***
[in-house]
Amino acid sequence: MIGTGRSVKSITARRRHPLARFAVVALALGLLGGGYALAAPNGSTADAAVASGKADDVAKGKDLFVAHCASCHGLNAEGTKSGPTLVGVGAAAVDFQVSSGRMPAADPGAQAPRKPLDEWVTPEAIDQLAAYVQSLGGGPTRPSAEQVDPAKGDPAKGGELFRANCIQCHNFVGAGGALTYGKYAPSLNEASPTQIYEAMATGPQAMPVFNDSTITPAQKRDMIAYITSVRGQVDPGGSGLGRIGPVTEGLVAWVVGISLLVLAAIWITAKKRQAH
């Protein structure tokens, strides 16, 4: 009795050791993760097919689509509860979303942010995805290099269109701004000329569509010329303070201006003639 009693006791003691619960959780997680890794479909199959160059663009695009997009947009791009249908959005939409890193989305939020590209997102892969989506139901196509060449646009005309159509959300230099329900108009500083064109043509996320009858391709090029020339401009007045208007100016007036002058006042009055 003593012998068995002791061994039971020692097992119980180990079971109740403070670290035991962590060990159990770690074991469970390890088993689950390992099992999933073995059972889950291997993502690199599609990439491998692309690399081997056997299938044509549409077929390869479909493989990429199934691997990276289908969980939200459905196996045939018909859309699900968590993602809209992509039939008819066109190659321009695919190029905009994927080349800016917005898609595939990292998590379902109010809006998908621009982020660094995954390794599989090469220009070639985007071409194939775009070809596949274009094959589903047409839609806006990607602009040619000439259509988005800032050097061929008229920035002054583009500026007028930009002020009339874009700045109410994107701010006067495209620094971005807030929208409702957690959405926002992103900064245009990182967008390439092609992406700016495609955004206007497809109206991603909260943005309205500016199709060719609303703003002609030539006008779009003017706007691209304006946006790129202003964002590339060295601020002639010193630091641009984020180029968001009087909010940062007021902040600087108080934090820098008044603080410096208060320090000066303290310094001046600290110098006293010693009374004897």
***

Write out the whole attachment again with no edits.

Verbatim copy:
[in-house]
Amino acid sequence: MIGTGRSVKSITARRRHPLARFAVVALALGLLGGGYALAAPNGSTADAAVASGKADDVAKGKDLFVAHCASCHGLNAEGTKSGPTLVGVGAAAVDFQVSSGRMPAADPGAQAPRKPLDEWVTPEAIDQLAAYVQSLGGGPTRPSAEQVDPAKGDPAKGGELFRANCIQCHNFVGAGGALTYGKYAPSLNEASPTQIYEAMATGPQAMPVFNDSTITPAQKRDMIAYITSVRGQVDPGGSGLGRIGPVTEGLVAWVVGISLLVLAAIWITAKKRQAH
């Protein structure tokens, strides 16, 4: 009795050791993760097919689509509860979303942010995805290099269109701004000329569509010329303070201006003639 009693006791003691619960959780997680890794479909199959160059663009695009997009947009791009249908959005939409890193989305939020590209997102892969989506139901196509060449646009005309159509959300230099329900108009500083064109043509996320009858391709090029020339401009007045208007100016007036002058006042009055 003593012998068995002791061994039971020692097992119980180990079971109740403070670290035991962590060990159990770690074991469970390890088993689950390992099992999933073995059972889950291997993502690199599609990439491998692309690399081997056997299938044509549409077929390869479909493989990429199934691997990276289908969980939200459905196996045939018909859309699900968590993602809209992509039939008819066109190659321009695919190029905009994927080349800016917005898609595939990292998590379902109010809006998908621009982020660094995954390794599989090469220009070639985007071409194939775009070809596949274009094959589903047409839609806006990607602009040619000439259509988005800032050097061929008229920035002054583009500026007028930009002020009339874009700045109410994107701010006067495209620094971005807030929208409702957690959405926002992103900064245009990182967008390439092609992406700016495609955004206007497809109206991603909260943005309205500016199709060719609303703003002609030539006008779009003017706007691209304006946006790129202003964002590339060295601020002639010193630091641009984020180029968001009087909010940062007021902040600087108080934090820098008044603080410096208060320090000066303290310094001046600290110098006293010693009374004897």